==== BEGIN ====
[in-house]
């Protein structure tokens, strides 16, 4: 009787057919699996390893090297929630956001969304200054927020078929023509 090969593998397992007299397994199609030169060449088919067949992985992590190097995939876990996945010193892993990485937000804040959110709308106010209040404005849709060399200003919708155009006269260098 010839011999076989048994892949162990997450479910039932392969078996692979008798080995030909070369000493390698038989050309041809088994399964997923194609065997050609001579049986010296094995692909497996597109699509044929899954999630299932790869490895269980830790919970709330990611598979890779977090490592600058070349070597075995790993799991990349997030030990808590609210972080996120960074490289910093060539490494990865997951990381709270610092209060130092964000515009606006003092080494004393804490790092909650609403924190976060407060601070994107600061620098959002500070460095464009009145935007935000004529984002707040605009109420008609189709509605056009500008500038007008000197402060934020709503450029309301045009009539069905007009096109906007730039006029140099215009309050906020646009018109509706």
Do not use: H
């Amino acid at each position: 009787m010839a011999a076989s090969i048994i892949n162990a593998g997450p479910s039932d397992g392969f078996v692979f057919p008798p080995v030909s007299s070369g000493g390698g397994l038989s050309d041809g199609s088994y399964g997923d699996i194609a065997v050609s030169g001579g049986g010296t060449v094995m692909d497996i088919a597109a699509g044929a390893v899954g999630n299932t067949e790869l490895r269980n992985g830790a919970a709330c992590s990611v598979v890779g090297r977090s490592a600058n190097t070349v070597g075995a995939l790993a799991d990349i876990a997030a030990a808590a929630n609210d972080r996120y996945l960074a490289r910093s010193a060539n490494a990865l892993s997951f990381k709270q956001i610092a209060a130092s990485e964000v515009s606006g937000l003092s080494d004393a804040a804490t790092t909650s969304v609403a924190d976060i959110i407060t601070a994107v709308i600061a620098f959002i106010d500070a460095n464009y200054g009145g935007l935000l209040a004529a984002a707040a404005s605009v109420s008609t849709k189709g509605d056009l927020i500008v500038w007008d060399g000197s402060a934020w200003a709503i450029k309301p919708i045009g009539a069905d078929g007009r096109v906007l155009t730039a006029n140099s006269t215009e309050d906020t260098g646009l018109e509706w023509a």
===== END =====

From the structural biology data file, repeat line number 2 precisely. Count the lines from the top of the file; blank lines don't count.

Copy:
């Protein structure tokens, strides 16, 4: 009787057919699996390893090297929630956001969304200054927020078929023509 090969593998397992007299397994199609030169060449088919067949992985992590190097995939876990996945010193892993990485937000804040959110709308106010209040404005849709060399200003919708155009006269260098 010839011999076989048994892949162990997450479910039932392969078996692979008798080995030909070369000493390698038989050309041809088994399964997923194609065997050609001579049986010296094995692909497996597109699509044929899954999630299932790869490895269980830790919970709330990611598979890779977090490592600058070349070597075995790993799991990349997030030990808590609210972080996120960074490289910093060539490494990865997951990381709270610092209060130092964000515009606006003092080494004393804490790092909650609403924190976060407060601070994107600061620098959002500070460095464009009145935007935000004529984002707040605009109420008609189709509605056009500008500038007008000197402060934020709503450029309301045009009539069905007009096109906007730039006029140099215009309050906020646009018109509706």